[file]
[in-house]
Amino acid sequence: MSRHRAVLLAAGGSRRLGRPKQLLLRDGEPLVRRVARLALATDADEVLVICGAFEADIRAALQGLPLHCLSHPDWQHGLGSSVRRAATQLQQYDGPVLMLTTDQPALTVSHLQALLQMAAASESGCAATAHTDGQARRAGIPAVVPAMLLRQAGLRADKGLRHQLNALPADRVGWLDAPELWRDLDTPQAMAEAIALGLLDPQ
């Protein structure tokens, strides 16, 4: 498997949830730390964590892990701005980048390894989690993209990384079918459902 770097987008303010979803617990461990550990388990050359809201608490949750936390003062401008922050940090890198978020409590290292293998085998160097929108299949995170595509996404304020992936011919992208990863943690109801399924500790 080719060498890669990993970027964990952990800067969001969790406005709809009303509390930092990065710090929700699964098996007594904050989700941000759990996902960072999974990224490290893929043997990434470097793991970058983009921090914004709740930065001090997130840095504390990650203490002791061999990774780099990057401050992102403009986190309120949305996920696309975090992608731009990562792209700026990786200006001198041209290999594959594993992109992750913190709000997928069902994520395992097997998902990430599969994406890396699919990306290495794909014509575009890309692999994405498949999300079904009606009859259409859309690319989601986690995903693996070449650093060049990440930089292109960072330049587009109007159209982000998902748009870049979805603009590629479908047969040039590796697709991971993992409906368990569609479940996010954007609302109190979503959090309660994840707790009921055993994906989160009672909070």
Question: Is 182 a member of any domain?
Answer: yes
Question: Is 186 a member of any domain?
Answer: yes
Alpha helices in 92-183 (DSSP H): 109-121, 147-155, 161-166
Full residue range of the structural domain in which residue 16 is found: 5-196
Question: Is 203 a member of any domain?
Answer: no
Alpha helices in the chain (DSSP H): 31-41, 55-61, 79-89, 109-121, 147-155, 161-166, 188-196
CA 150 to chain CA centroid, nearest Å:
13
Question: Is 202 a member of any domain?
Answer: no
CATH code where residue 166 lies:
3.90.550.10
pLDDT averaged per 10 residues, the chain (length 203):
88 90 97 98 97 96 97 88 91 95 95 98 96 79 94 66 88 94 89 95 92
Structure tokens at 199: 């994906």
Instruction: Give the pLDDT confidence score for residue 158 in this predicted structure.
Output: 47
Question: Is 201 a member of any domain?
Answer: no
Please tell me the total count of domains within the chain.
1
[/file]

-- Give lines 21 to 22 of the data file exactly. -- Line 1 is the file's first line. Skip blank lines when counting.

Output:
Structure tokens at 199: 């994906």
Instruction: Give the pLDDT confidence score for residue 158 in this predicted structure.